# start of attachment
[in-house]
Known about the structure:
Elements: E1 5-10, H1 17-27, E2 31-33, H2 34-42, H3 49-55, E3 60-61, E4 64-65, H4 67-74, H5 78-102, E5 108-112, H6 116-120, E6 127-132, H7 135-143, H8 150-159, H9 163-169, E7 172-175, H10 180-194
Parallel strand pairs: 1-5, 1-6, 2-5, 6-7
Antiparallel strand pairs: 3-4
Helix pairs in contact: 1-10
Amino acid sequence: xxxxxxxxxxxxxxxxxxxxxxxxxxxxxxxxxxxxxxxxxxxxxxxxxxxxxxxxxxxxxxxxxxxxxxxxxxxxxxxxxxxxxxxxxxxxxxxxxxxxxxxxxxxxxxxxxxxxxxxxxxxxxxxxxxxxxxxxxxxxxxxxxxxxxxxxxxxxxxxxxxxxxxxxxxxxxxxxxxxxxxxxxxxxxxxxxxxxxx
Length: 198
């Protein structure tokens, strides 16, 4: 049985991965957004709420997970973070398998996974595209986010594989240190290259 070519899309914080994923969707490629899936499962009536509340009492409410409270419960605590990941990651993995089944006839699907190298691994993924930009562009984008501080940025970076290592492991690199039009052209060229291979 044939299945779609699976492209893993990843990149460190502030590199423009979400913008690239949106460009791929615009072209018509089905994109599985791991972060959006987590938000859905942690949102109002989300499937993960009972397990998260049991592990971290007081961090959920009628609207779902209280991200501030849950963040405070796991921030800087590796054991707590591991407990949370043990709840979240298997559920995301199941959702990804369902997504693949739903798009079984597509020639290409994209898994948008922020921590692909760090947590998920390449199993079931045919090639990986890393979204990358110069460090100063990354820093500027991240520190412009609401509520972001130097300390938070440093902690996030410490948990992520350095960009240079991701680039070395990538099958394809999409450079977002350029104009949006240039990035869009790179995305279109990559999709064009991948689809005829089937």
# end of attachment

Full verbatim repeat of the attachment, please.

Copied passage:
[in-house]
Known about the structure:
Elements: E1 5-10, H1 17-27, E2 31-33, H2 34-42, H3 49-55, E3 60-61, E4 64-65, H4 67-74, H5 78-102, E5 108-112, H6 116-120, E6 127-132, H7 135-143, H8 150-159, H9 163-169, E7 172-175, H10 180-194
Parallel strand pairs: 1-5, 1-6, 2-5, 6-7
Antiparallel strand pairs: 3-4
Helix pairs in contact: 1-10
Amino acid sequence: xxxxxxxxxxxxxxxxxxxxxxxxxxxxxxxxxxxxxxxxxxxxxxxxxxxxxxxxxxxxxxxxxxxxxxxxxxxxxxxxxxxxxxxxxxxxxxxxxxxxxxxxxxxxxxxxxxxxxxxxxxxxxxxxxxxxxxxxxxxxxxxxxxxxxxxxxxxxxxxxxxxxxxxxxxxxxxxxxxxxxxxxxxxxxxxxxxxxxx
Length: 198
């Protein structure tokens, strides 16, 4: 049985991965957004709420997970973070398998996974595209986010594989240190290259 070519899309914080994923969707490629899936499962009536509340009492409410409270419960605590990941990651993995089944006839699907190298691994993924930009562009984008501080940025970076290592492991690199039009052209060229291979 044939299945779609699976492209893993990843990149460190502030590199423009979400913008690239949106460009791929615009072209018509089905994109599985791991972060959006987590938000859905942690949102109002989300499937993960009972397990998260049991592990971290007081961090959920009628609207779902209280991200501030849950963040405070796991921030800087590796054991707590591991407990949370043990709840979240298997559920995301199941959702990804369902997504693949739903798009079984597509020639290409994209898994948008922020921590692909760090947590998920390449199993079931045919090639990986890393979204990358110069460090100063990354820093500027991240520190412009609401509520972001130097300390938070440093902690996030410490948990992520350095960009240079991701680039070395990538099958394809999409450079977002350029104009949006240039990035869009790179995305279109990559999709064009991948689809005829089937």